"... In PAGE 11: ... All these assumptions are introduced to reduce the computational effort required to solve the problem. Table2 provides an explanation of the assumptions along with the role they play (function), the domain they are about (case data, domain knowledge or task), and some references where they are discussed in more detail. Table 2: Efficiency-Assumptions in component-oriented diagnosis.... In PAGE 12: ... cd amp; dk It is used in computing probabilities for hypotheses. [de Kleer amp; Williams, 1989] Table2 : Efficiency-Assumptions in component-oriented diagnosis. name explanation is abouta function some references Assumptions for Efficiency minimality single or N-fault ingnorance of abnormal behaviour independence of hypothes search control knowledge existence of a hierarchical-layered device model existence of a hierarchical-layered behavioural model independence of fault probabilities Fig.... ..."

### lable. We are now in a position to state the solution to the modi ed H1 control problem formulated above, directly from Ba sar and Bernhard [3], Chap. 6. Proposition 1 Let gt; 0 be xed, and assumption A1 hold. Then, ( ) de ned above is nite, and for all gt; ( ): 1) There exists a minimal positive de nite solution, M , to

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### Table 2: Minimal Starting Times of a Fine-Grained Communication Structure Algorithm 5.2 Compute the sequence of vertices v of a communication structures G in the traces of a schedule of G.

"... In PAGE 10: ... This is a contradiction to the assumption of this case. Table2 shows the minimal starting times for each vertex in the communication structure shown in gure 2. We assumed that for each vertex the computation time is C = 1, the latency L = 1, the overhead o = 1 and the gap g = 2.... ..."

### Table1: WiM results on minimal example sets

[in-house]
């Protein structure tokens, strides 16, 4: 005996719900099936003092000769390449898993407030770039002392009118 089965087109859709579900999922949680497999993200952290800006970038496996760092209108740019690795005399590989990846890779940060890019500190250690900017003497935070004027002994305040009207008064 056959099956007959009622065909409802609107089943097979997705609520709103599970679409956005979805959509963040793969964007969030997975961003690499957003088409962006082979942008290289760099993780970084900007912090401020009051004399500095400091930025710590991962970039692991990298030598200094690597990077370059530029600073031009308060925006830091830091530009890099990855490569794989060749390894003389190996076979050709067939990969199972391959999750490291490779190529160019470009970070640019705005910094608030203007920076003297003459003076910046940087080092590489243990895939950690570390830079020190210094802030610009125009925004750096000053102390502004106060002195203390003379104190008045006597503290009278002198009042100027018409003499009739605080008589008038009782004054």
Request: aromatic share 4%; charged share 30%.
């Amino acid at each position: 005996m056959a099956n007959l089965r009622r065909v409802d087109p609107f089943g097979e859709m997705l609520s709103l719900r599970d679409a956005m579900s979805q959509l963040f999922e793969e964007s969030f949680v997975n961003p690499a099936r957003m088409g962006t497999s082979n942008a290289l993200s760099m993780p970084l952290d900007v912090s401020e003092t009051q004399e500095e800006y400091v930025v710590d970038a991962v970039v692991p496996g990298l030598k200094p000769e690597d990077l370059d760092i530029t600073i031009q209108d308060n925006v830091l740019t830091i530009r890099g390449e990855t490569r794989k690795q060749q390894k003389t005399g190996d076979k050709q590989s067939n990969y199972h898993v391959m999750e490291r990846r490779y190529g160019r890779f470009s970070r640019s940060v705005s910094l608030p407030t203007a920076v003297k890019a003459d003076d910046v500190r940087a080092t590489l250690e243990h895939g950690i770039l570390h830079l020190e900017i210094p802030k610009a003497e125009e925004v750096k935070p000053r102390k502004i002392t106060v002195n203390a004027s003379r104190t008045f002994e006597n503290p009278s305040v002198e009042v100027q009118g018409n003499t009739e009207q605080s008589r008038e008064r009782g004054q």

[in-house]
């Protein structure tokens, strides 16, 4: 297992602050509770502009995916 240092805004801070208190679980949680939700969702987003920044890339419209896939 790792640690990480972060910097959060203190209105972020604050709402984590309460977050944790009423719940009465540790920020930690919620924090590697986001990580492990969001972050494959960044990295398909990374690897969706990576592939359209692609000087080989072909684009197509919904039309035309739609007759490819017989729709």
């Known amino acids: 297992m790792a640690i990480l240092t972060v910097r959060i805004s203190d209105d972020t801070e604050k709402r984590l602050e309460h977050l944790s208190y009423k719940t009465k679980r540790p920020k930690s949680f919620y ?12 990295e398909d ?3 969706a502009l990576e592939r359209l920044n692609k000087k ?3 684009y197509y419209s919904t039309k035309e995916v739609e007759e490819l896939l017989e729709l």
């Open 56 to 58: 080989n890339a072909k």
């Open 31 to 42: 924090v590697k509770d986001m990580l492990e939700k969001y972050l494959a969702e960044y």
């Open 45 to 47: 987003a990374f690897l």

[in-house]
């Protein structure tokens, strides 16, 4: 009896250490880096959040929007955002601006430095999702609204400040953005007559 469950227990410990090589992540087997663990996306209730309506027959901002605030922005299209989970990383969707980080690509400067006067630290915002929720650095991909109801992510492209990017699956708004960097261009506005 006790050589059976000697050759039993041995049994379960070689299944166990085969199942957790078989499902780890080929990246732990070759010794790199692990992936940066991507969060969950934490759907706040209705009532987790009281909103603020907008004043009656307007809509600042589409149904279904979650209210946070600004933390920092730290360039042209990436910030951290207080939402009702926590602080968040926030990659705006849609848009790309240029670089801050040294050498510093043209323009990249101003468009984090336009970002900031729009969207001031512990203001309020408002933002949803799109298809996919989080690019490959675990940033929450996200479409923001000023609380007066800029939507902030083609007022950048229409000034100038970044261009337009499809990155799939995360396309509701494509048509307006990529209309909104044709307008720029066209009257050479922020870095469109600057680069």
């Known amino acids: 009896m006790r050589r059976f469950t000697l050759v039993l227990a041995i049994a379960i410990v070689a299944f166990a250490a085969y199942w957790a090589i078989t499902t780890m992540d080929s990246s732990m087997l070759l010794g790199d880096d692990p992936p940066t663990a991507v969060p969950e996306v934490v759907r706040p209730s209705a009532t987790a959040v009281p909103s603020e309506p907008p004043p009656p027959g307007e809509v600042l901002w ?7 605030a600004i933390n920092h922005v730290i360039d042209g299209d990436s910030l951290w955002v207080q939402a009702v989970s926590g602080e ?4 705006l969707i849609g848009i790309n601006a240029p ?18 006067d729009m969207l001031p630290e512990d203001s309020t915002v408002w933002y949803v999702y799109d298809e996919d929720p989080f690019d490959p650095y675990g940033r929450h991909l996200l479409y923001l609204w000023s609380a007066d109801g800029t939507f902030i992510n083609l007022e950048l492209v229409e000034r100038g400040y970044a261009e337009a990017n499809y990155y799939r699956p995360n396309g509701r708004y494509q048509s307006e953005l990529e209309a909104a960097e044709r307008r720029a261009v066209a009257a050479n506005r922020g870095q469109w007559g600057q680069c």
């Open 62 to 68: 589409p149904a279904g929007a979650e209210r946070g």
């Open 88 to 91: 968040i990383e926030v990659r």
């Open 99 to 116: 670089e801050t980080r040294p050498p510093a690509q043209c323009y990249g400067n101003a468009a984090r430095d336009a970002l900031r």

"... In PAGE 5: ... It results in japaneseCar(X):-producer(X,Y),place(Y,Z),isCountryJapan(Z). Again the translater is called to translate this Horn clause into F-logic and we receive japaneseCar:X lt;= car:X [producer- gt;F[place- gt;P[country- gt; apos;Japan apos;] 6 Discussion of results WiM ?D was examined on the following class and attribute de nitions: japaneseCar:X lt;= car:X [producer- gt;F[place- gt;P[country- gt; apos;Japan apos;] isMother:M lt;= person:M [son- gt;S] amp; not person:S[father- gt;X] factory:X lt;= carFactory:X factory:X lt;= aircraftFactory:X person:X lt;= child:X person:X lt;= adult:X eVehicle:X lt;= car:X[power- gt;electricity] eVehicle:X lt;= publicTransportVehicle:X[power- gt;electricity] family:F[husband- gt;H, wife- gt;W] lt;= person:H [spouse- gt;W] amp; person:W [spouse- gt;H] person:X[managed- gt;Y] lt;= person:X[boss- gt;Y] person:X[managed- gt;Y] lt;= person:X[boss- gt;Z] amp; person:Z[managed- gt;Y] person:X[mother- gt;M] lt;= not(person:X[father- gt;M]) amp; person:M[son- gt;X] person:X[mother- gt;M] lt;= not(person:X[father- gt;M]) amp; person:M[daughter- gt;X] In Table1 . there are numbers of both positive and negative examples needed for each new class/attribute described above.... In PAGE 6: ...No. of positive examples negative examples japaneseCar 1 2(cwa) isMother 3 9(cwa) factory 2 1(a) person 2 1(a) eVehicle 2 2(cwa) family 2 4(cwa) managed 4 6(cwa) mother 5 7(cwa) Table1 : Summary of WiM ?D results WiM ?D needed from 1 to 5 positive instances(objects) of classes. Negative examples were generated using close world assumption ( apos;cwa apos; in the 2nd column) or were found by as the assumption by the WiM?D itself ( apos;a apos;).... ..."